Neoliberalism, Economism, and Higher Education
This concise volume presents a series of conversations conducted by its editor with internationally renowned educators, scholars and social critics. The primary focus is on a set of important social and cultural issues and the complex nature of the global contemporary crises in higher education and economics, and the values and goals educational institutions pursue and produce. Contributors to this volume discuss why the present systems of higher education are ailing almost everywhere, and which remedies have turned out to be their poison.
The contributions here investigate how and why universities and the knowledge they seek have become hostages to an ideology based on neoliberalism, economism and fundamentalism of the market. These ideologies have reshaped higher education and contributed to its commodification and commercialization, transforming educational institutions according to a model that originated in the domains of global business enterprises. Bureaucratization and the growth of a managerial class in higher education have led to universities that focus on what is purportedly marketable while neglecting the commitment to the pursuit of truth, the education of character and the cultivation of civic values that informed older educational models.
Nuo nekropolio iki akropolio
Nuo nekropolio iki akropolio: Vilniaus miestovaizdžio metamorfozės (From Necropolis to Acropolis: The Metamorphosis of Vilnius’ Cityscape), Vilnius: Kulturos barai, 2017, 192 p. (in Lithuanian).
The book contains 16 essays focused on transformation of cityscape of Lithuania’s capital city, Vilnius, as well as discussion of other aspects of visual transformation of former urban symbols, analysis of how new these visual symbols of consumer culture take over the historical ones and what new meaning they create; several essays are focused on problems of transformation of urban spaces that lack character and relation to genius loci (or spirit of the place). Developing tradition of architectural and urban criticism offered by Lewis Mumford and Jane Jacobs the author of the book provides a fresh and novel view at the cityscape, urban structure and public spaces of Vilnius city. The essays are accompanied by photos taken by the author.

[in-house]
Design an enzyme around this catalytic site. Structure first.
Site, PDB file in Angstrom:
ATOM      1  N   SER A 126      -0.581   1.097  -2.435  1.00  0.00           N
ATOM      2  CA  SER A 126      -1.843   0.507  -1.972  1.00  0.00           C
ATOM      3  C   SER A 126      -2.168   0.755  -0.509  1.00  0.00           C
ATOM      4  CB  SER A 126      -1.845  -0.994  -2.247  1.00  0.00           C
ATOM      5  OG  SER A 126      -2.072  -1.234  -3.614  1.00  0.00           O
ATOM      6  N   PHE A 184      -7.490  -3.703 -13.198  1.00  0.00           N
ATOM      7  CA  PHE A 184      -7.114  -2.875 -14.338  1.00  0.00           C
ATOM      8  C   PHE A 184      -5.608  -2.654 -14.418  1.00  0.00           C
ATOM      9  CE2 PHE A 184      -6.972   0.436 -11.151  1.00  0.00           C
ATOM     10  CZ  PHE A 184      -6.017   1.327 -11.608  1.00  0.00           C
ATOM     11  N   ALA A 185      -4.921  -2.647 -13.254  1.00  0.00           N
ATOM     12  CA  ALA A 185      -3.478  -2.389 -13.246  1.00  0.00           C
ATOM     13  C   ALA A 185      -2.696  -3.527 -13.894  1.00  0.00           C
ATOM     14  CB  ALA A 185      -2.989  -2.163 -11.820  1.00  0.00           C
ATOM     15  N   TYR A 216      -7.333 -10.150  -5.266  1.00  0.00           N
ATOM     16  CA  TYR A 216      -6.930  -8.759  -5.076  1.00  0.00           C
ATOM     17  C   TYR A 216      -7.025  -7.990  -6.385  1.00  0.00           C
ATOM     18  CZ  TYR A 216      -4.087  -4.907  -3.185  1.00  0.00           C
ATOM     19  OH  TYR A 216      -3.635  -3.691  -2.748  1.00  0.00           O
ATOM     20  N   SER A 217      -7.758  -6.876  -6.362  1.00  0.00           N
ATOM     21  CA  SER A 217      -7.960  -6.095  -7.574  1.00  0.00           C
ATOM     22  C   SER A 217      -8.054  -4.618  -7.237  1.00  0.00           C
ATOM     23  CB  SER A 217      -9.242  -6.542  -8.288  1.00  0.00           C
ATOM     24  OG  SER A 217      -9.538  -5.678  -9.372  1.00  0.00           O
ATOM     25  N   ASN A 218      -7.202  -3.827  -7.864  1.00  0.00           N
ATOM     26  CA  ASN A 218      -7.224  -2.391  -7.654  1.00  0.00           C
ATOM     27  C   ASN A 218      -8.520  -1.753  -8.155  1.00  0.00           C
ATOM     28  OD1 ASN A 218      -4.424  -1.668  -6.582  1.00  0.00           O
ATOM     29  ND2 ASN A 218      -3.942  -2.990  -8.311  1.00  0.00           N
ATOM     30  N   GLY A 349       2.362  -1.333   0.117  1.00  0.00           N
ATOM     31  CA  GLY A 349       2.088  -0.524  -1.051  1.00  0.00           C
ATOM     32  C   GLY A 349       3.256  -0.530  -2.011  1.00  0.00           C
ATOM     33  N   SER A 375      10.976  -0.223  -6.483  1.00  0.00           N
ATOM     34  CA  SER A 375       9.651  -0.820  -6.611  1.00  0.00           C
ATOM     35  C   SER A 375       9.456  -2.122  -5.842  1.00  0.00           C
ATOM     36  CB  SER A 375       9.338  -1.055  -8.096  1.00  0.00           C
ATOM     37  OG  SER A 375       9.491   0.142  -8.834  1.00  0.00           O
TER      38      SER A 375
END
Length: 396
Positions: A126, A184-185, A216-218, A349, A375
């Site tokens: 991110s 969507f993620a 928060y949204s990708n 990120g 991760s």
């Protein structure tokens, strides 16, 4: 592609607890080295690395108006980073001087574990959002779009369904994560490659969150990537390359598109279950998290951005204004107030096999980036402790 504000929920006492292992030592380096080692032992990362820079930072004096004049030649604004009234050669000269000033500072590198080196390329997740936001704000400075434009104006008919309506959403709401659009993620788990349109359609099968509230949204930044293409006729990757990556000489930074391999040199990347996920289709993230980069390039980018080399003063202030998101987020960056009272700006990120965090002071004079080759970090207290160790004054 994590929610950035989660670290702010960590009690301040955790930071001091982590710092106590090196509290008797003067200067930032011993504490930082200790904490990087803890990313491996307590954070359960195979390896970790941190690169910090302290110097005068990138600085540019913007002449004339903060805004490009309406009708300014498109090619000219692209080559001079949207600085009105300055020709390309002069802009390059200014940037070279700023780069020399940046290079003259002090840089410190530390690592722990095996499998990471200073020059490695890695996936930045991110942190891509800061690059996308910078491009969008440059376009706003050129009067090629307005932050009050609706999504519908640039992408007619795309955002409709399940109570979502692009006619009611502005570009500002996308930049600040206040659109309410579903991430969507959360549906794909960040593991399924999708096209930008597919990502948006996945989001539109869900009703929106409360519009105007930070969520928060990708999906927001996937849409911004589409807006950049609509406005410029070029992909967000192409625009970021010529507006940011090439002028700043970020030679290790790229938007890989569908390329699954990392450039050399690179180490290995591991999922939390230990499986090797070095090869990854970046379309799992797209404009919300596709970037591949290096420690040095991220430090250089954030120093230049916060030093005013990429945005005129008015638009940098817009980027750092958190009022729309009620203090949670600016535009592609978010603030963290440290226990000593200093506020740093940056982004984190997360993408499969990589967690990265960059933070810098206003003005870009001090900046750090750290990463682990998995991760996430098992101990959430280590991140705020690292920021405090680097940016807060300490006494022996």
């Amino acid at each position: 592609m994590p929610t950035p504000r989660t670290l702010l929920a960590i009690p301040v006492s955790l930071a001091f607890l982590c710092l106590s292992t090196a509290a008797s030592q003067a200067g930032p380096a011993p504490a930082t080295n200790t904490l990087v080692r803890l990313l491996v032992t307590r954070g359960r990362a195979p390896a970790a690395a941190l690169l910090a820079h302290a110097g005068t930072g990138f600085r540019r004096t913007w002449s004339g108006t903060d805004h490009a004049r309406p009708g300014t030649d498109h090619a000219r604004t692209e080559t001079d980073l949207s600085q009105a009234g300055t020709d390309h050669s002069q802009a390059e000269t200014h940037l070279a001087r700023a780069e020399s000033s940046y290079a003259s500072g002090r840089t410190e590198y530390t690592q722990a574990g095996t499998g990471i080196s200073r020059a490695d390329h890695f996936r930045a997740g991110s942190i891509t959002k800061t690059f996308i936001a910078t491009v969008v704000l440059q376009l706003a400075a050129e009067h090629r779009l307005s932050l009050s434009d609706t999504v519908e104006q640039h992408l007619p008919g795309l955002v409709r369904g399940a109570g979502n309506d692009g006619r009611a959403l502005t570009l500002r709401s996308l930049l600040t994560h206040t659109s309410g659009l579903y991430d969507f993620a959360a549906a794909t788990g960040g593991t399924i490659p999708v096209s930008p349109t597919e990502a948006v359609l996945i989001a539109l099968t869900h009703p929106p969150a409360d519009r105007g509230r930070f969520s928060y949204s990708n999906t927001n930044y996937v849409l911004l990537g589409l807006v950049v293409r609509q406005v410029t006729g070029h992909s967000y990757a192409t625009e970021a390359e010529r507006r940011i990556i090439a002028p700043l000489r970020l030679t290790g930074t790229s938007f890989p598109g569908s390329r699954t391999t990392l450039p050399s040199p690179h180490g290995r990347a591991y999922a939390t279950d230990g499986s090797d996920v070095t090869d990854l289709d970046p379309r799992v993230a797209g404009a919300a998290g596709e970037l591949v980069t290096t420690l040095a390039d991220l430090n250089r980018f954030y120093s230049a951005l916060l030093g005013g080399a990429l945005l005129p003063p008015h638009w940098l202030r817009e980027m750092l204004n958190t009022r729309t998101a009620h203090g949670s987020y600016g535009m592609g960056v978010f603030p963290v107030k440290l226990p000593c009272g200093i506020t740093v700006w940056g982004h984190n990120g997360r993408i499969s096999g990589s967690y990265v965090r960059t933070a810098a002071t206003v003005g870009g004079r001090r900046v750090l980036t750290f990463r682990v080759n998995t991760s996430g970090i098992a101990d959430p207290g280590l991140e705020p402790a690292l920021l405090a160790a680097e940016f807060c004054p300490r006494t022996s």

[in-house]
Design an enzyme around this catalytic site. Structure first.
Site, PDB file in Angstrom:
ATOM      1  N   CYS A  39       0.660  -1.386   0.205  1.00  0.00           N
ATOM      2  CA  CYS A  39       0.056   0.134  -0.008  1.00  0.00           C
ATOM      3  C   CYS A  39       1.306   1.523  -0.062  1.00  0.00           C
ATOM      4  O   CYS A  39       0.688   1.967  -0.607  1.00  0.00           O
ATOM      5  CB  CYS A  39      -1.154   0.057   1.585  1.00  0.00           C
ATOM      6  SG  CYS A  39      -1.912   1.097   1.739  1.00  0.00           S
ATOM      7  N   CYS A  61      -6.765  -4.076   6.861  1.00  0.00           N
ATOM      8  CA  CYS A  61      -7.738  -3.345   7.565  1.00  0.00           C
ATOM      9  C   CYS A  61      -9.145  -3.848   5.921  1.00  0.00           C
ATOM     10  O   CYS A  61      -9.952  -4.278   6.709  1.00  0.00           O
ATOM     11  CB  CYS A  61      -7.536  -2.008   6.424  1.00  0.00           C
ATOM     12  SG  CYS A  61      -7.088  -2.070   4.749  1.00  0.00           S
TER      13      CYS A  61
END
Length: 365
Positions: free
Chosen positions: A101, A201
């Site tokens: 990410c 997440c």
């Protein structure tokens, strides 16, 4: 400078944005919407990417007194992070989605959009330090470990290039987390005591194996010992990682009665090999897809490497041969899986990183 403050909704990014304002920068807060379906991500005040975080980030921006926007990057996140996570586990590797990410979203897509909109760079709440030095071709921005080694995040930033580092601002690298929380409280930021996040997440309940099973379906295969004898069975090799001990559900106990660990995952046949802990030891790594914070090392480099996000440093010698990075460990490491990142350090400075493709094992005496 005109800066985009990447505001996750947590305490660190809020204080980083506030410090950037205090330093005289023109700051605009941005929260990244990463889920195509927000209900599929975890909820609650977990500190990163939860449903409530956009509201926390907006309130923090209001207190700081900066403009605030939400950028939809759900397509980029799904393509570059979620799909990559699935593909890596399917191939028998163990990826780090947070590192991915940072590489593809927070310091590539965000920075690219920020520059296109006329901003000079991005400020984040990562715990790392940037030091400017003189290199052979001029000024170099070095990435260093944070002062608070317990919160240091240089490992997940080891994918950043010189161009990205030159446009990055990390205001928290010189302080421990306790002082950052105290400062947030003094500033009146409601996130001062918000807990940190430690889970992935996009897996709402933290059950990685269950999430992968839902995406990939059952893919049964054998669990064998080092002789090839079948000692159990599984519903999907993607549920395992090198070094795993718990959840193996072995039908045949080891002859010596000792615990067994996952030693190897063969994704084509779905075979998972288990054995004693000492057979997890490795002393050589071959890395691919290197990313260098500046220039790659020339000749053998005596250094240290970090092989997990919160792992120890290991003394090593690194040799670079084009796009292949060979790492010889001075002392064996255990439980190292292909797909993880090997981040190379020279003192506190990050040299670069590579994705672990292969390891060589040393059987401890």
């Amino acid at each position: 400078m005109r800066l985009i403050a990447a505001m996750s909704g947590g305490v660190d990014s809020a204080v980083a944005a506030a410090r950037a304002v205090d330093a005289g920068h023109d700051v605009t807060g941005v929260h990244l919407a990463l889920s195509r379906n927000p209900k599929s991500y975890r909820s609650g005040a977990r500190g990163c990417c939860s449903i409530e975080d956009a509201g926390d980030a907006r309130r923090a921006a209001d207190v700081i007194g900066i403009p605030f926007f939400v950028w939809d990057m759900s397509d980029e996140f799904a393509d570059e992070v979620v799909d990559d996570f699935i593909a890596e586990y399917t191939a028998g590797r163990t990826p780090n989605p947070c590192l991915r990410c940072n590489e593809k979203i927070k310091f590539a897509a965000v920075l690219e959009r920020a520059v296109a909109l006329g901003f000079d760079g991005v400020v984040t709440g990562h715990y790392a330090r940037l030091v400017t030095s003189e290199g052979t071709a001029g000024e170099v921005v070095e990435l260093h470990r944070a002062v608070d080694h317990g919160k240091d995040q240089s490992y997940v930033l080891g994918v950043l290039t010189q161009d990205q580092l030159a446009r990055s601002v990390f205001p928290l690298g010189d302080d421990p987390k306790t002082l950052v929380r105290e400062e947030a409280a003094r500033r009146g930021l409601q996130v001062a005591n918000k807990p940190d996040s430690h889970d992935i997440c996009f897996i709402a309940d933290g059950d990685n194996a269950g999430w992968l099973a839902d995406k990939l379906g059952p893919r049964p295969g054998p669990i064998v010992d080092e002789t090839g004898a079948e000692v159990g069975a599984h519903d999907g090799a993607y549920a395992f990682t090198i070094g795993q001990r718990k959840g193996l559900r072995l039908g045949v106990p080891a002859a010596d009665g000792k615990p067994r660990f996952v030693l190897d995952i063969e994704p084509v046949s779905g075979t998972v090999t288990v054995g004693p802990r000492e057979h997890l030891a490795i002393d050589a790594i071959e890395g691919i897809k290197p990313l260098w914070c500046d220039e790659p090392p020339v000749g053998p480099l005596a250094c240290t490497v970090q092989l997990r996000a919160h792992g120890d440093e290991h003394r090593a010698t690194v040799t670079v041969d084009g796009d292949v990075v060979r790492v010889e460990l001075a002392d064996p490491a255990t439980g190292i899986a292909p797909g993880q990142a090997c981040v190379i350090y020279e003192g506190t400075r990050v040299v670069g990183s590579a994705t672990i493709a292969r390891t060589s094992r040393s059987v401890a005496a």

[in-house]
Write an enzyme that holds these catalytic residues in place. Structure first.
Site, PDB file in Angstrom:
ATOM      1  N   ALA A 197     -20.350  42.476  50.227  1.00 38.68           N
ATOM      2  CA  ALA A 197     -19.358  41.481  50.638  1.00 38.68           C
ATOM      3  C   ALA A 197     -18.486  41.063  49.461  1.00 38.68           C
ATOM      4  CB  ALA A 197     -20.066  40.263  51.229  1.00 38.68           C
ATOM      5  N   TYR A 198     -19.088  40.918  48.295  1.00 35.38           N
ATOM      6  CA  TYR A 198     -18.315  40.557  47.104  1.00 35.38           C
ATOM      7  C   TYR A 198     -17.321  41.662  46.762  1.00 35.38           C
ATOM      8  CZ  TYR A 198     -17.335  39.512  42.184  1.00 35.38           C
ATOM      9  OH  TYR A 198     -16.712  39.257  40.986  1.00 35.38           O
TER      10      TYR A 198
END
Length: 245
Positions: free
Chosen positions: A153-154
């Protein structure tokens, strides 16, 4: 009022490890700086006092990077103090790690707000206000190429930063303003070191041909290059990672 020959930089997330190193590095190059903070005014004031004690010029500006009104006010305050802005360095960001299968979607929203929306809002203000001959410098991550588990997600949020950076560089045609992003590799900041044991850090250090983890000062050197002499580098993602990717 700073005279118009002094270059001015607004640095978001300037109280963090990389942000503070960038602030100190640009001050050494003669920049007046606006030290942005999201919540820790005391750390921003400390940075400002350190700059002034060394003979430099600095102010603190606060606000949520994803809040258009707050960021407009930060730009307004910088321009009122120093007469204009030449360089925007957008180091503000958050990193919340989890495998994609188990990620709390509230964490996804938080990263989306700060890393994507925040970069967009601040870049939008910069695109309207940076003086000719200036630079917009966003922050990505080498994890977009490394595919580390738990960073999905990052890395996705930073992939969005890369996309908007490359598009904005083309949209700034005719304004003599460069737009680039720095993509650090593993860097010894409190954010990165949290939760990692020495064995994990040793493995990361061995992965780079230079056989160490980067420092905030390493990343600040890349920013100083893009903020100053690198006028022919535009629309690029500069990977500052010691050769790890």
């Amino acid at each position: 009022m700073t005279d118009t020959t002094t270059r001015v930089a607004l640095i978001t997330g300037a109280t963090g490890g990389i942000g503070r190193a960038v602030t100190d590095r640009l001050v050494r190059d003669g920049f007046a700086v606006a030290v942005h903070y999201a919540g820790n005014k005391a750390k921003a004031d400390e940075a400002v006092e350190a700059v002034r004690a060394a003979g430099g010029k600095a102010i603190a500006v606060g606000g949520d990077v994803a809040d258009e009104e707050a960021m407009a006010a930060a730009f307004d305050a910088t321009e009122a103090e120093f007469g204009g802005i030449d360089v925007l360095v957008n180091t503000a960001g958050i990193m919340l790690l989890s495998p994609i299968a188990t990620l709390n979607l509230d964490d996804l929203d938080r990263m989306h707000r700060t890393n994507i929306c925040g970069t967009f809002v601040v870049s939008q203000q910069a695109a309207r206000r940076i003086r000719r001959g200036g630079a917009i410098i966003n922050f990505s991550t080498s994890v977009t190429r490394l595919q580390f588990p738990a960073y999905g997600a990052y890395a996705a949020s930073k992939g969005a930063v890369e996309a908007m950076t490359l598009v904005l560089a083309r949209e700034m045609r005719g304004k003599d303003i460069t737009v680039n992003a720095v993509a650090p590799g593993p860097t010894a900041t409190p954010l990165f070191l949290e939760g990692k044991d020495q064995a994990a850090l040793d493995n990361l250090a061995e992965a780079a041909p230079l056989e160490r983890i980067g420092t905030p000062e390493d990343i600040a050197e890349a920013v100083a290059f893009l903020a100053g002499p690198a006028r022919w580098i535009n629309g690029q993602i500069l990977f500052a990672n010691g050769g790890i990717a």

Rethinking Modernism and the Built Environment
Rethinking Modernism and the Built Environment, edited by Almantas Samalavicius, Newcastle upon Tyne: Cambridge Scholars Publishing, 2017, 226 p.
This volume is a passionate scholarly inquiry focused on some of the most pressing issues confronting contemporary architectural practice, urbanism and city-making. Presented in a form of conversations with leading and internationally renowned architects, architectural and urban historians, urban designers, urban sociologists and anthropologists and other experts and social thinkers, it offers a critique of the legacy of Modernism and revises its impact upon global urbanization and architectural as well as urban design. The book includes the editor’s introductory essay and his conversations with Witold Rybczynski, Kenneth Frampton, Alberto Perez-Gomez, Leon Krier, Nikos Salingaros, Arnold Berleant, Harry Francis Mallgrave, Roger Scruton, James Howard Kunstler, Nan Elin, etc.).
Miesto kultūra. Vilnius: Technika, 2008, 88 p. (City Culture, in Lithuanian)